the paradox of human freedom and finiteness.18 According to this view, anxiety (which results from this

paradox,) is an inevitable spiritual state for human beings; from it, arises the temptation to sin, as well as the

possibility of faith in God, which transcends our finiteness. As finite beings, which are spiritually aware, our

contingent nature longs for a sense of permanence, as does our identity, which is also derivative. Drawing on

the insights of developmental psychology, Alistair McFadyen describes how our sense of identity and

personhood is formed by our individual history of communication; this makes our encounters with others,

including God significant in shaping who we are.19 If these longings do not find their persistent fulfilling in

God, the human creature will inevitably turn to sinful means to procure it from the creation. Because

creation is incapable of sustaining our being, the result is spiritual, and ultimately physical, death.

The advantages of this view are manifold. First, it would be in harmony with the Church’s

Soteriology (which calls for a certain missionary zeal, as well as support for the bible’s claim that Jesus

Christ is the only way to reconciliation with God). This view supports the doctrine of the universality of Sin

by appeal to common a human condition (anxiety,) from which there is only one legitimate response (faith in

God). Jesus Christ’s position as God’s only means of human salvation is secure, because of his unique status

as the Word, the self revelation of God, the second person of the trinity.

This view also avoids pitfalls of the classic formulation of the doctrine. For instance, it resolves the

Pelagian problem without making God accountable for human evil, by attributing human proclivity toward

18
Thelen, M.F., Man As Sinner, p. 93.
19
McFadyen, A. The Call to Personhood, (Cambridge University Press, 1990) p. 115-116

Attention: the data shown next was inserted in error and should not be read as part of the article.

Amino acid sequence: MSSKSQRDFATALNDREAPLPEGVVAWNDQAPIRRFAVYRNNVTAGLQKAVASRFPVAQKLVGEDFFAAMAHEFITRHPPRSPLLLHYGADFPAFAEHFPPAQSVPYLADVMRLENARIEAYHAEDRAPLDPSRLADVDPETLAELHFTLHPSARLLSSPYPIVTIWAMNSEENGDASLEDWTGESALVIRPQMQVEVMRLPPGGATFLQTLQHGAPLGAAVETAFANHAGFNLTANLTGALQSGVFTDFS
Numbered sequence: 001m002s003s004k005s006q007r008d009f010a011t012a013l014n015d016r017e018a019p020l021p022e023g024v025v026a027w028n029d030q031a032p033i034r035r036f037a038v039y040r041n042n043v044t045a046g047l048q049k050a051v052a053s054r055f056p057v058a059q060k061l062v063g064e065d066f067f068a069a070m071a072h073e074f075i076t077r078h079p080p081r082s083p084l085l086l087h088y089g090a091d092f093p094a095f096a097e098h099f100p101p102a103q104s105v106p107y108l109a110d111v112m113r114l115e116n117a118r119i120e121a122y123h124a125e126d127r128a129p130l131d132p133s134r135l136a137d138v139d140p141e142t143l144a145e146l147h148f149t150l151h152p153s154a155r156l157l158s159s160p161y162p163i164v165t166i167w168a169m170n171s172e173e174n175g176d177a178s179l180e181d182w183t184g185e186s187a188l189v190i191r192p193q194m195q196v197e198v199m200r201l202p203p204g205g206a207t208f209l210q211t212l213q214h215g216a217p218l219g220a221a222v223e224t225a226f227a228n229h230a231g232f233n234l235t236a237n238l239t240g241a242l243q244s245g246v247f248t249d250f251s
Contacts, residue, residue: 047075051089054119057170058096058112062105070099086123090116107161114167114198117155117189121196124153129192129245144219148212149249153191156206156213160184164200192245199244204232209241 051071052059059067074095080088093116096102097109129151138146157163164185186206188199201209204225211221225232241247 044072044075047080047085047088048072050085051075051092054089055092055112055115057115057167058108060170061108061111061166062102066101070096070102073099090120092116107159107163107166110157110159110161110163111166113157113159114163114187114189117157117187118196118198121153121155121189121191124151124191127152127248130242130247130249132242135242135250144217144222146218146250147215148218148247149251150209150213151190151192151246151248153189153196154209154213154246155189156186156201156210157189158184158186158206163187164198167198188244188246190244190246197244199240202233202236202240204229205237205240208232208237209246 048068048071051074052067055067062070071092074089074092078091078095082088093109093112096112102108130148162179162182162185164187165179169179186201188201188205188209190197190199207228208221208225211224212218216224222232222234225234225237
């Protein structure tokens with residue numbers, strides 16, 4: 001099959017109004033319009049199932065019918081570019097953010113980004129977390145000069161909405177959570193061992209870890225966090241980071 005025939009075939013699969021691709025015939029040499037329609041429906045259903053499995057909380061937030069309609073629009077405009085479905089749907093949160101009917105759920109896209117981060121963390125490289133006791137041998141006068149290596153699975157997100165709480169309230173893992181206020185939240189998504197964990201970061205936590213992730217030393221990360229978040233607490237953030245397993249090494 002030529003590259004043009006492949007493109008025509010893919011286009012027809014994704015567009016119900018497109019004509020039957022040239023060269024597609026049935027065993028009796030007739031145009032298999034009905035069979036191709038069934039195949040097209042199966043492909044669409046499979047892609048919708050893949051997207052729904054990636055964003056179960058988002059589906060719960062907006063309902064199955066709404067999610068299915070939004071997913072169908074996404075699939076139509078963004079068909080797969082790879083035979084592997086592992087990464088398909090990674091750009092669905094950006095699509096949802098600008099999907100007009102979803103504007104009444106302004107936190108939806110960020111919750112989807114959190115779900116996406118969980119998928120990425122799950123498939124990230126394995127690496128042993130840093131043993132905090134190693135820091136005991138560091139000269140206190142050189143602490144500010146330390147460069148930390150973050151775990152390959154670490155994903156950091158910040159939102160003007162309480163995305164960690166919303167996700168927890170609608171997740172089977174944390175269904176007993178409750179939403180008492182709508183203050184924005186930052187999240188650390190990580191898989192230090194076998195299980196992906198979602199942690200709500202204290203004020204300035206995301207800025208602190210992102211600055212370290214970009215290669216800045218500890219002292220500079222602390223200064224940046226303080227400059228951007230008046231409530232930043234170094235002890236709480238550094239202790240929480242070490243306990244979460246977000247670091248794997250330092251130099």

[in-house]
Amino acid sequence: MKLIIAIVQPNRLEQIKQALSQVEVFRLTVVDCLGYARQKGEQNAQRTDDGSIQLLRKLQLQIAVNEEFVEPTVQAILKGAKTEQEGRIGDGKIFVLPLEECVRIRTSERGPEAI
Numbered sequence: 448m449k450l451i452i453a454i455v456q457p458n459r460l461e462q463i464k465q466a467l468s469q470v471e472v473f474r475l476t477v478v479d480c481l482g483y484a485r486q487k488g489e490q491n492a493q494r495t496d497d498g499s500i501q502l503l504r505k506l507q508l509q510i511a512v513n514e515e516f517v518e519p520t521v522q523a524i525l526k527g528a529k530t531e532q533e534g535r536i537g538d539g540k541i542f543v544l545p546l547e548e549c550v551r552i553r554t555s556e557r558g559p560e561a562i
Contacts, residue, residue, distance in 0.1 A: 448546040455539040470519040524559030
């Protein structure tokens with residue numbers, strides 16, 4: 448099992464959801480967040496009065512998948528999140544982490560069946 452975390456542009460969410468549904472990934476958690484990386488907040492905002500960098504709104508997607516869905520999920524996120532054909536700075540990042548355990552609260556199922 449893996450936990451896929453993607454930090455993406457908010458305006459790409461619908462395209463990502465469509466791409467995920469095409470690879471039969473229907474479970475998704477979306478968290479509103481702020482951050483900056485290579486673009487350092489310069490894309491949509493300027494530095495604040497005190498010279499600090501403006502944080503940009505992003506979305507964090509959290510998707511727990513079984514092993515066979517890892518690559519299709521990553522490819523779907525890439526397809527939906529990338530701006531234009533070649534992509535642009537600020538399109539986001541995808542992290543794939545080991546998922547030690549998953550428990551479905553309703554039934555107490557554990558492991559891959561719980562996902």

Sin to the necessary limits of human life when acting in denial of our status as contingent beings. It avoids

the problems of inheritance, especially the genetic concept of inherited guilt, preserving God’s justice.

This view also accounts for the universality of sin all without resorting to the doctrine of total

depravity or predestination to evil; upholding the idea of free agency, which is necessary to preserve the

biblical concept of human responsibility.

Finally, this view preserves Augustine’s appropriation of Pauline insights within the Christian

tradition. Sin is a power or force at work in the human being, but it is an inevitable relational dynamic, not a

substance, passed on from generation to generation. Furthermore, this view is fully sympathetic with

Augustine’s appropriation of the Genesis 3 tradition. A reinterpretation of the passage, in a

Neibuhrian/relational framework, is entirely possible; in fact, it could resolve many problematic elements of

the classical interpretation of this passage.20

Theology and Ministry (Praxis)


Learning to Talk About Sin in Helpful Ways

When the World asserts that it does not believe in Sin, or evil, we should not take this to mean that it

has no concept of right and wrong. The awareness of right and wrong, the desire to be treated fairly and

justly, and the ability to recognize when that does not happen – are fundamental to human nature.